“No” is one the most important skills you need at work right now.
I’ve spoken to lots of people recently and the majority of them are at some extreme level of busy. Maybe so busy that the word ‘busy’ just doesn't really cut it anymore. ‘Super Busy’ has become the next stage of normal and the newest superhero that probably needs killing off.
‘Stacked’, ‘Up against it’, ‘Chaos’ are more words I’ve heard recently to describe an individual's perceived situation. Sometimes, people are so beat down, that words no longer come out anymore and just a shake of the head and a deep breath is all they can muster as a response to the innocent “Hows it all going?”
What this busyness and yes culture says to me is that a lot of us are really finding it difficult to say “no” at the moment. We’ve got accustomed to always playing catch up and wrestling with a million and one things to do. Maybe we’ve programmed ourselves to think that it’s how we operate best, or because everyone else is so busy, it would feel out of place for us not to be in the same boat.
It’s quickly becoming normal to be overwhelmed with stuff to do. And when you stop and think about it, that's not normal.
I’ve heard of too many people reaching breaking point before their body, mind or even partner forces them to stop.
So why do we find using this tiny two letter word such a difficult skill to perfect?
Most of the time we feel a compulsion to say yes and accommodate wherever we can. Saying no to others makes us feel uncomfortable. It makes us get all squirmy and awkward. Generally when someone asks us to do something, our default and instinctive response is to say yes, or “fit it in”.
“Saying no stirs up intensely negative emotions - embarrassment and guilt.” says Vanessa Bohns professor of organisational behaviour at Cornell University.
In one of her recent studies, a group of people were each loaned a book from the library and then instructed to deface it. Half of the subjects recorded the fact that it felt wrong to do, but they went and did it anyway. It was later discovered that those who chose to deface the book found it so difficult to reject the person who had asked. They just couldn’t refuse.
William Ury in his book The Power of a Positive No: Save the Deal, Save the Relationship - and Still Say No, suggests that the dilemma we can face in saying “no” often originates from "an internal struggle between reinforcing our own sense of power or knowledge, with a simultaneous desire to foster a relationship".
So it may look like subconscious self sabotage but we’re actually hardwired to agree to doing stuff, even though we may not want to or believe its the right thing to do.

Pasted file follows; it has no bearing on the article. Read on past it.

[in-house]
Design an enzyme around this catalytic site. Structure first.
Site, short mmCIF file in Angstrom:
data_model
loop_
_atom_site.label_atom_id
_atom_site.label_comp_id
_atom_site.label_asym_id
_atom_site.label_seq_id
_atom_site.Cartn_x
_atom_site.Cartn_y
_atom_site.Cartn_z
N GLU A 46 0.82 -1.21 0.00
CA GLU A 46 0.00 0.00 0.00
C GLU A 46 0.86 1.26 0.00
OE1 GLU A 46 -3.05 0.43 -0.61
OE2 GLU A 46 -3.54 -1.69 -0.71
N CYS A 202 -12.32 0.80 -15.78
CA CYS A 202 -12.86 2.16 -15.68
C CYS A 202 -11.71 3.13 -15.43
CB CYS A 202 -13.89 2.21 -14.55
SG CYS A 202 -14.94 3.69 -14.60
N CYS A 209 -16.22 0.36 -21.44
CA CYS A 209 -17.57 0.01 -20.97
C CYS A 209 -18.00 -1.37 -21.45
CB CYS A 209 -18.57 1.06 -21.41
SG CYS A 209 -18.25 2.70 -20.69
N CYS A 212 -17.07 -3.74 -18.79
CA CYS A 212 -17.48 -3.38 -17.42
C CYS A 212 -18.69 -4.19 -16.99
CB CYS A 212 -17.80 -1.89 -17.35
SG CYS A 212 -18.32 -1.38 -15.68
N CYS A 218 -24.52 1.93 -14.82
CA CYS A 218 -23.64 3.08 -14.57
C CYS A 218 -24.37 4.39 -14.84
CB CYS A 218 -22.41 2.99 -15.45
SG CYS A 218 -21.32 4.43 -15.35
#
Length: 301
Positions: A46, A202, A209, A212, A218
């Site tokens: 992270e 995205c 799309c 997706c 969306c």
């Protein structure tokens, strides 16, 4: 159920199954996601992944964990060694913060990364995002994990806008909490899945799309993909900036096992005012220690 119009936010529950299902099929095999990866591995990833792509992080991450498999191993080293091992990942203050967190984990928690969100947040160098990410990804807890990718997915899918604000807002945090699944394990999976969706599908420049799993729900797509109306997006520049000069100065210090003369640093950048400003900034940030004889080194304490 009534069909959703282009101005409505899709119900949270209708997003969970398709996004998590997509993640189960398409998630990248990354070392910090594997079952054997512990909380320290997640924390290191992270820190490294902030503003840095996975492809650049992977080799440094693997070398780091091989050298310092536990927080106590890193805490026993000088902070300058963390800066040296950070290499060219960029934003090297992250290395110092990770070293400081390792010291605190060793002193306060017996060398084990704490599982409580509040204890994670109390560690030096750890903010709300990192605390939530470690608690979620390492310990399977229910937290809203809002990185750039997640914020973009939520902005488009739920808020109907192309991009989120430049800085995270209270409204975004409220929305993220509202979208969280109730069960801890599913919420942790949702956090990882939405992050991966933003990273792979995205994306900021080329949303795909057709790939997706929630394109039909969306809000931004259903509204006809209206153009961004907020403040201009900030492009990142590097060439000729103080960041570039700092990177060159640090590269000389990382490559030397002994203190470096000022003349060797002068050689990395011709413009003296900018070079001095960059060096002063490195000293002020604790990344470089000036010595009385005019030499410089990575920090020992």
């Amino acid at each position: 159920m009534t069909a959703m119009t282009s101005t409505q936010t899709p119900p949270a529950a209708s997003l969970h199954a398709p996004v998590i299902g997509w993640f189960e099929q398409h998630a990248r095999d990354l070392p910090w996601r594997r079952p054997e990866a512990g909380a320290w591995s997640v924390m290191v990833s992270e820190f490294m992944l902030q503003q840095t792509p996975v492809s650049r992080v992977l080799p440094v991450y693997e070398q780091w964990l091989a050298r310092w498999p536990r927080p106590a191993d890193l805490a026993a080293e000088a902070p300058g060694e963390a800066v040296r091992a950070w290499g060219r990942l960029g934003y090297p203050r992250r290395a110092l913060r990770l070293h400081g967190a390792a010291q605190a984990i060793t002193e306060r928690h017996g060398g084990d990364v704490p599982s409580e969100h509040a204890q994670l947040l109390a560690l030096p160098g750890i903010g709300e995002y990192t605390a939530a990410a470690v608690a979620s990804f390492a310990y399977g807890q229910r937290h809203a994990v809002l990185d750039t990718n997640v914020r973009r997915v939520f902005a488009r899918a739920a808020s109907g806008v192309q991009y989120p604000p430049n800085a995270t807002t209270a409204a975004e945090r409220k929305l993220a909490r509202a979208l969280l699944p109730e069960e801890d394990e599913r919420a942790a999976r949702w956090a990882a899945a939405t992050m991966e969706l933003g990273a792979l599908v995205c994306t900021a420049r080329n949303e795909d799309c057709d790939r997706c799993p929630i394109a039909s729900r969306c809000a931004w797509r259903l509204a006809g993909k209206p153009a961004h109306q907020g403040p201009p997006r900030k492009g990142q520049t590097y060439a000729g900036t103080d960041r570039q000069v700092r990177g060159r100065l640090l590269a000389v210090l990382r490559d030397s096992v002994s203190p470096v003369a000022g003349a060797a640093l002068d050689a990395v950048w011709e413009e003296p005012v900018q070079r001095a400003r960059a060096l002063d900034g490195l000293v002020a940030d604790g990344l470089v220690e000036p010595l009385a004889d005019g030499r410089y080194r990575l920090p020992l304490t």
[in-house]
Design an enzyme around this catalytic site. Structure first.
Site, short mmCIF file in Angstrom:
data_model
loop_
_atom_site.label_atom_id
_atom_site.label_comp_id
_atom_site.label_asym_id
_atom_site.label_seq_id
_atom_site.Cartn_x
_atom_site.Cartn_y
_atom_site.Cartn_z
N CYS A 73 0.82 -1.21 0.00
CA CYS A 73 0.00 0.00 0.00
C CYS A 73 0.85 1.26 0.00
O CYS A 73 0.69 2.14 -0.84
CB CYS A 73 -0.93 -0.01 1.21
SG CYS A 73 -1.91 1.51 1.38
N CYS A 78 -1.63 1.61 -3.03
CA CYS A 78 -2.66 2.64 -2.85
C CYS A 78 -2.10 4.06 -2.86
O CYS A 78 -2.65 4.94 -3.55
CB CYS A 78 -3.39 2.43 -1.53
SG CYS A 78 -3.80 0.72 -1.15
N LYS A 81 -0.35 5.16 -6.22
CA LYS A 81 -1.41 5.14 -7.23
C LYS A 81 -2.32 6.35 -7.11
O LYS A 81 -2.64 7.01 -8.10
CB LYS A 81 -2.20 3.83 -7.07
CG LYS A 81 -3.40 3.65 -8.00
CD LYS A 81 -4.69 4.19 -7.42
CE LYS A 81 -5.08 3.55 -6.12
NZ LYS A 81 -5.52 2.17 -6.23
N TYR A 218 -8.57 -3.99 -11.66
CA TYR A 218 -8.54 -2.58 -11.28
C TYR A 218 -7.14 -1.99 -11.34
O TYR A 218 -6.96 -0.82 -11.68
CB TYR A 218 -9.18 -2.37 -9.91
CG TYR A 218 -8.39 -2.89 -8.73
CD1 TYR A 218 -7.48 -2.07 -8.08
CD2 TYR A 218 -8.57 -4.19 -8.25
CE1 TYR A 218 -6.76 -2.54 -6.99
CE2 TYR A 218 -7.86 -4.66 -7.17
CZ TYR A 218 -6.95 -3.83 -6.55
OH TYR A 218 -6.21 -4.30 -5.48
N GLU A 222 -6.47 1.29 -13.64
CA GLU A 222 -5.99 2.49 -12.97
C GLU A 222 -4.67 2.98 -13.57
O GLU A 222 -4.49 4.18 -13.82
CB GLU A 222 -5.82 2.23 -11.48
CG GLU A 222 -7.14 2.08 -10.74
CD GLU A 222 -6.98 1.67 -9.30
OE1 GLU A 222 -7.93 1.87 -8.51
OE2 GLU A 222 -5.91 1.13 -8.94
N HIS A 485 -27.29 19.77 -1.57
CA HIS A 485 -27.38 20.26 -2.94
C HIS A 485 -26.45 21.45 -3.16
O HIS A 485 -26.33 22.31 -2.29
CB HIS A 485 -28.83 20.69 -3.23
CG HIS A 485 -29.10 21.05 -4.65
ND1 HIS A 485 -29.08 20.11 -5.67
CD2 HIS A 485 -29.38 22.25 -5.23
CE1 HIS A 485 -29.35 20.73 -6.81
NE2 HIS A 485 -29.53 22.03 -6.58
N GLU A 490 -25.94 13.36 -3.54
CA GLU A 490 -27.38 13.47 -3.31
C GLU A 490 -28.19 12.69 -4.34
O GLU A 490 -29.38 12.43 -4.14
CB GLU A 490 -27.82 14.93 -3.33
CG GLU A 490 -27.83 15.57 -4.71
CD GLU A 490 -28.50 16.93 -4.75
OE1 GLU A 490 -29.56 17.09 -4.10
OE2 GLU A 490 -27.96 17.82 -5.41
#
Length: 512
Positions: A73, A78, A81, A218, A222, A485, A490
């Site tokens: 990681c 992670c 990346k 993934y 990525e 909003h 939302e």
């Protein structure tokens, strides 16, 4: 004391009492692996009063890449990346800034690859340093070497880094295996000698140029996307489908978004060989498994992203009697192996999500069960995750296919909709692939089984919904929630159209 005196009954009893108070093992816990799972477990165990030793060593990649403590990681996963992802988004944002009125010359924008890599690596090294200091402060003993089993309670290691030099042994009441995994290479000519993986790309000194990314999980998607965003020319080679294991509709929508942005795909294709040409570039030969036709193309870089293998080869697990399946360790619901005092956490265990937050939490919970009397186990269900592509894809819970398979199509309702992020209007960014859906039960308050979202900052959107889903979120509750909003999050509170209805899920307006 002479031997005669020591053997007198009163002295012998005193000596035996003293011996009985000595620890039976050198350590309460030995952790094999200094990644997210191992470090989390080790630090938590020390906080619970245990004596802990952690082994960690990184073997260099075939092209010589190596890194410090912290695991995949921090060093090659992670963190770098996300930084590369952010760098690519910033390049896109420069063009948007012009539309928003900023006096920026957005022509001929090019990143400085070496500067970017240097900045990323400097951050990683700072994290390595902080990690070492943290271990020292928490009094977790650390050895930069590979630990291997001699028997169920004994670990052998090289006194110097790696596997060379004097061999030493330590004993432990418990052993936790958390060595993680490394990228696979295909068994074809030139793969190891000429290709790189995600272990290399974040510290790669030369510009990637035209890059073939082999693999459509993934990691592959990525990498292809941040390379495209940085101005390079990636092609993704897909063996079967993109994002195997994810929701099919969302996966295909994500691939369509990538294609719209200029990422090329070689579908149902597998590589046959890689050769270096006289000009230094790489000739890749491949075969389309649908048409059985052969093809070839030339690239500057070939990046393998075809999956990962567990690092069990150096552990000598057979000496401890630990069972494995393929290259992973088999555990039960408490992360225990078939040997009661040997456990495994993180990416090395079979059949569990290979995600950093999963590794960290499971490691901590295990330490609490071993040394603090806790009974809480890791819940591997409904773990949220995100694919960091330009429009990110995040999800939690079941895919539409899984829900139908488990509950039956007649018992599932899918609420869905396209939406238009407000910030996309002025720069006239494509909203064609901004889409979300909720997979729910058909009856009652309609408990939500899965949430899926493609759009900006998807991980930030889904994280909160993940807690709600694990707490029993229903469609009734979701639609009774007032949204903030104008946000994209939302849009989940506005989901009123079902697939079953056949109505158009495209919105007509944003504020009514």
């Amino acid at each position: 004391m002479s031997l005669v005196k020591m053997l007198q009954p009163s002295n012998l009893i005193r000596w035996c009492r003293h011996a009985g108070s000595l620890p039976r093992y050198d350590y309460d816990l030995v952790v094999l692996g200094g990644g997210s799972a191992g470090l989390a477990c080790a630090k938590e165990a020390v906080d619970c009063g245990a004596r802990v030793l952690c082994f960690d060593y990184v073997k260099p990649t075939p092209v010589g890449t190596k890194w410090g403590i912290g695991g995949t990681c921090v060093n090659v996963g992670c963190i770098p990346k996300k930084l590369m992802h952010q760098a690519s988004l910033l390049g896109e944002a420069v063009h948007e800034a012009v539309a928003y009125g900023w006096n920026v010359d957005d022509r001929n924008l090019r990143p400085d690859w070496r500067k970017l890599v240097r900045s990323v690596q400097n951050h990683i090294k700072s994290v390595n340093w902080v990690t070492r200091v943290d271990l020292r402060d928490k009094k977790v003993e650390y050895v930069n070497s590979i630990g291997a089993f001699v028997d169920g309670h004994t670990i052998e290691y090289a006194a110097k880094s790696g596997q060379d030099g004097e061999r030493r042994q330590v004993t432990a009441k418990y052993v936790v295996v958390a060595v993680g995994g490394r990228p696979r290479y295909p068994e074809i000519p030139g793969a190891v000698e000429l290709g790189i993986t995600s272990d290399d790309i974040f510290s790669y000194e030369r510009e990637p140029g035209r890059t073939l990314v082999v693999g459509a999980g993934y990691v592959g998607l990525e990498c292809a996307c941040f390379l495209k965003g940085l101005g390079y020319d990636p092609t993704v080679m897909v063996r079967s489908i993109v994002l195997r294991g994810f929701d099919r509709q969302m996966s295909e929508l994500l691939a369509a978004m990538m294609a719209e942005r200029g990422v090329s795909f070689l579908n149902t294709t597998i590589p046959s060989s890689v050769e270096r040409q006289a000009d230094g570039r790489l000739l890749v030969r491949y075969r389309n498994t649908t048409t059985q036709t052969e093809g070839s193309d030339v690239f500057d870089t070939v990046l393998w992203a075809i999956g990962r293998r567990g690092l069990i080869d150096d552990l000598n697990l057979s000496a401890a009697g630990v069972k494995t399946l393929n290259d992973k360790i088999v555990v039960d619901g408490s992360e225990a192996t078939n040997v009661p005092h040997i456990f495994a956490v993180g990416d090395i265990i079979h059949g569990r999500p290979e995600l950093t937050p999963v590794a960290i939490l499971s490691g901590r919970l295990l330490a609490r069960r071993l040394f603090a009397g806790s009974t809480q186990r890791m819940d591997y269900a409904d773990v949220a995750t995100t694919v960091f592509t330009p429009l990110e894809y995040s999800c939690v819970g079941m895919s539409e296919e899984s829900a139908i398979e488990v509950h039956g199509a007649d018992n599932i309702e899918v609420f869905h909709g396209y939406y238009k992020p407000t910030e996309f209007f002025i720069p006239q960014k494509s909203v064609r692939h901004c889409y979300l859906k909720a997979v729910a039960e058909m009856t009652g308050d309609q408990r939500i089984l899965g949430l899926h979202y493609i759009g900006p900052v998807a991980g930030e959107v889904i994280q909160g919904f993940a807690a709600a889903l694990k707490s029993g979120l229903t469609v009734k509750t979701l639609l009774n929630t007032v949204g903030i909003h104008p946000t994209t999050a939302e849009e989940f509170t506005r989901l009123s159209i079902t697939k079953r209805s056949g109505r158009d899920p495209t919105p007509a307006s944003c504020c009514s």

Humans found considerable benefits being in groups, notably hunting and staying alive. Being in a group increased chances of survival with the ability to share resources so we learnt to adopt a sense that being agreeable to the group dynamic was good for us. Clearly it was. If you were not agreeable to the dynamic of the group, you were ostracized and excluded, therefore damaging your ability to obtain access to the required resources needed.
So acceptance is seen as a survival mechanism and therefore saying "no" to your boss makes us think we’ll be perceived negatively, and therefore, excluded.
This inability to say no can also come from our upbringing with parents and engagement with teachers. I very rarely said no to any of them but when I did, it didn't go down too well. Chased up the stairs with a wooden spoon, given detention or lines, back in the day you rarely said no to an authority figure, it would just be riddled with negative consequences.
Plus as we’ve grown up, we’ve started to connect “no” with rejection and disappointment. The fear of getting a no from someone, held you back from ever going to talk to them, or was that just me? We now swerve projecting that feeling of rejection onto someone else by accommodating all sorts of requests. This is true in both our business and personal lives. The people pleaser within us also likes to create and sustain connections with others and anything that threatens to break that bond will cause us to worry. Saying no to joining a meeting, not helping someone when they have asked for it or turning down that invitation creates a sense of panic, so in the end we take the easy way out, the path of least resistance and then before we know it, we’ve become buried under a huge pile of yes.
Saying yes to something immediately removes any risk of conflict, which most of us will tend to do all we can to avoid, but the effects of that yes can cause severe long term damage to us as individuals as well as in relationships and businesses.
There's another thing to consider here also, our own desire to be seen to always be doing stuff. Busyness is becoming an addictive culture and so is the fear of missing out. There is still a large part of us that wants to be seen as in demand or needed which raises our perceived level of importance, so as well as rescuing others and doing everything the boss has asked, we’re also on the lookout for more so we can stay bang up to date with everything that is happening to everyone, everywhere. God forbid we have spaces in our calendar!
Let's put it another way. Maybe we don't even realise that we are saying yes to everything but find it difficult to stop and think about the request that has just been presented. Maybe the “yes” is unspoken and there is an assumption tha